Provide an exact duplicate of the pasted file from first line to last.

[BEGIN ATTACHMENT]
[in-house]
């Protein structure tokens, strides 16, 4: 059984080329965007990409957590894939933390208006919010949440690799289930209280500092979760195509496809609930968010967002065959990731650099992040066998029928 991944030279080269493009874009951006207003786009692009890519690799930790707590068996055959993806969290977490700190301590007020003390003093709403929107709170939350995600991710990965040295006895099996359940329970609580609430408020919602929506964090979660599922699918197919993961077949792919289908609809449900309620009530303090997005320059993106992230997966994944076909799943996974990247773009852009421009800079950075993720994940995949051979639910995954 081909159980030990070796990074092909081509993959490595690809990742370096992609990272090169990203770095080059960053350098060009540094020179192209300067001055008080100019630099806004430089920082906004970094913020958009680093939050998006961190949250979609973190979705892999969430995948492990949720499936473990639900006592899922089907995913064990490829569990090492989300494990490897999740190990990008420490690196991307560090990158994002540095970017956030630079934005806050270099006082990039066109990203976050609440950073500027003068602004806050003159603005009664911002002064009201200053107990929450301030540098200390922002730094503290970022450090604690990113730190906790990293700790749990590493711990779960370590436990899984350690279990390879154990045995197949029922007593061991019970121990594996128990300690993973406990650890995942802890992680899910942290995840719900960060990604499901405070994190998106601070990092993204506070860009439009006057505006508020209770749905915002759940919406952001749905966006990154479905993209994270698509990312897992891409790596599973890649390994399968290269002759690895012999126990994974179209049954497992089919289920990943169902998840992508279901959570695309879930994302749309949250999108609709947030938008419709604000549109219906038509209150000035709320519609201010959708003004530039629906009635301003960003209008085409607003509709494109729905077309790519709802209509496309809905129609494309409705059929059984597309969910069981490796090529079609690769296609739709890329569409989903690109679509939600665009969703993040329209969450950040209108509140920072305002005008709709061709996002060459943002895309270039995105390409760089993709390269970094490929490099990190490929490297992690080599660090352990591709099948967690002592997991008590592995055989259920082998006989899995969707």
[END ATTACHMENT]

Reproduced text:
[in-house]
């Protein structure tokens, strides 16, 4: 059984080329965007990409957590894939933390208006919010949440690799289930209280500092979760195509496809609930968010967002065959990731650099992040066998029928 991944030279080269493009874009951006207003786009692009890519690799930790707590068996055959993806969290977490700190301590007020003390003093709403929107709170939350995600991710990965040295006895099996359940329970609580609430408020919602929506964090979660599922699918197919993961077949792919289908609809449900309620009530303090997005320059993106992230997966994944076909799943996974990247773009852009421009800079950075993720994940995949051979639910995954 081909159980030990070796990074092909081509993959490595690809990742370096992609990272090169990203770095080059960053350098060009540094020179192209300067001055008080100019630099806004430089920082906004970094913020958009680093939050998006961190949250979609973190979705892999969430995948492990949720499936473990639900006592899922089907995913064990490829569990090492989300494990490897999740190990990008420490690196991307560090990158994002540095970017956030630079934005806050270099006082990039066109990203976050609440950073500027003068602004806050003159603005009664911002002064009201200053107990929450301030540098200390922002730094503290970022450090604690990113730190906790990293700790749990590493711990779960370590436990899984350690279990390879154990045995197949029922007593061991019970121990594996128990300690993973406990650890995942802890992680899910942290995840719900960060990604499901405070994190998106601070990092993204506070860009439009006057505006508020209770749905915002759940919406952001749905966006990154479905993209994270698509990312897992891409790596599973890649390994399968290269002759690895012999126990994974179209049954497992089919289920990943169902998840992508279901959570695309879930994302749309949250999108609709947030938008419709604000549109219906038509209150000035709320519609201010959708003004530039629906009635301003960003209008085409607003509709494109729905077309790519709802209509496309809905129609494309409705059929059984597309969910069981490796090529079609690769296609739709890329569409989903690109679509939600665009969703993040329209969450950040209108509140920072305002005008709709061709996002060459943002895309270039995105390409760089993709390269970094490929490099990190490929490297992690080599660090352990591709099948967690002592997991008590592995055989259920082998006989899995969707």